LONDON: Pakistan Tehrik-e-Insaf (PTI) chairman Imran Khan was recently introduced to Cameron Munter, American Ambassador to Pakistan, in the presence of General Ahmed Shuja Pasha, the ISI chief, according to sources, The Sunday Times reported. Imran Khan is said to have gained the backing of the country’s powerful security establishment, which has grown tired of the corruption pervading the two traditional political groupings, the Pakistan People’s Party (PPP), led by President Asif Ali Zardari, and the Pakistan Muslim League-Nawaz (PML-N), led by Nawaz Sharif, a former prime minister.
Although they do not publicly admit to favouring any party, it is an open secret that the military leadership, and the powerful Inter-Services Intelligence (ISI), are backing Imran Khan’s campaign, said The Sunday Times report.
A senior official confirmed that he had the support of the army, but said his rise would cause more political damage to Sharif, the opposition leader and an outspoken military critic, than to the ruling PPP.
Others view Imran Khan as a third force to break the dominance of Pakistan’s two largest parties. “Perhaps they think he will bring about cleaner and better-quality politics and put fresh life into the country,” said Talat Masood, a retired general. “The military are perturbed by the economy because that affects defence spending.”
Imran Khan is reluctant to criticise the military establishment publicly, but he emphasises that he will not be a puppet of the generals. “Obviously you have to work with them but it doesn’t mean you have to work under them,” he told The Times.
Nawaz Sharif’s PML claimed last week that “hidden hands” were propping Imran Khan up and threatened to trigger early elections by provoking mass resignations from the parliament. The perils of upsetting the army were made clear this week when Husain Haqqani, Pakistan’s Ambassador to Washington, was forced to offer his resignation after the leak of a memo allegedly sent by the civilian government in May to American officials, asking for help to prevent a coup. Many analysts believe Haqqani, who is unpopular with the military, was made a scapegoat.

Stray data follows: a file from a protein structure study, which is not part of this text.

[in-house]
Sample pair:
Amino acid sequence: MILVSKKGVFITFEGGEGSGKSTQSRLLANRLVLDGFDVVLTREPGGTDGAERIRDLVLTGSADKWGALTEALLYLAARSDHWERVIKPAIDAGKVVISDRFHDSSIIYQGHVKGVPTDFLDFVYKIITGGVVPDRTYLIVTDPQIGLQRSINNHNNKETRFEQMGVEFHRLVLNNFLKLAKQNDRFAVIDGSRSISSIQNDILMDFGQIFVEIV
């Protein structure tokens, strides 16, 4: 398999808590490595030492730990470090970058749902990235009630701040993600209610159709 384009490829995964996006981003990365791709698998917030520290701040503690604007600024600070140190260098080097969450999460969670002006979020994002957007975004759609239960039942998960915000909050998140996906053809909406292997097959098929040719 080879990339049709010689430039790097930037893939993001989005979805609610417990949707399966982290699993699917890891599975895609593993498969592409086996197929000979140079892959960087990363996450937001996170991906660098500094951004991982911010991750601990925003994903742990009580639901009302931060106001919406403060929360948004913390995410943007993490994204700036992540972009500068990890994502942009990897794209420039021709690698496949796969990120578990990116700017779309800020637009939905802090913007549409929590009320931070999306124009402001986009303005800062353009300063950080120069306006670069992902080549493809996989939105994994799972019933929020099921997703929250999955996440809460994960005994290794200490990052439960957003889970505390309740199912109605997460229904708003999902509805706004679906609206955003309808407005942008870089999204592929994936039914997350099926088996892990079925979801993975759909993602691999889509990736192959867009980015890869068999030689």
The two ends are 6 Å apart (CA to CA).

Reports that several generals had snubbed a state banquet before tense meetings with Zardari added to speculation that the PPP has fallen from favour with the military. Despite his popularity, many Pakistanis remain unconvinced that Imran Khan has the political experience to win an election. Several newspapers have also questioned his ability to lead the country, with some describing his policies as naive.
“I think it’s more a vote of no confidence (in the government) than of confidence in Khan,” said General Mahmud Ali Durrani, a former national security adviser.Imran Khan himself attributes his rising fortunes to the public’s frustration with their dishonest leaders. “In recent years, never have the people of Pakistan faced such corruption, lawlessness, lack of governance — it’s total chaos,” he said in an interview last week.
“In the beginning people could not connect corruption at the highest levels with poverty and their own situation. Today people have connected it. People realise that unemployment, poverty, inflation are all because of the corruption of the ruling elite.”
The PTI chief has pledged that if he wins power, he will make all politicians declare their assets and start paying taxes. “The reason why Pakistan is bankrupt today is because we have the lowest ratio of tax to gross domestic product and we have the highest amount of corruption,” he said.
A combination of his charisma and the public’s frustration with both mainstream parties drew a crowd estimated at up to 200,000 to a rally in Lahore last month, one of the largest Pakistan has seen.
Describing the event as a “mini-revolution” and the start of a political “tsunami”, Imran Khan said he was confident that the crowds would be even larger at his next rally in Karachi. “People are looking for change,” he said.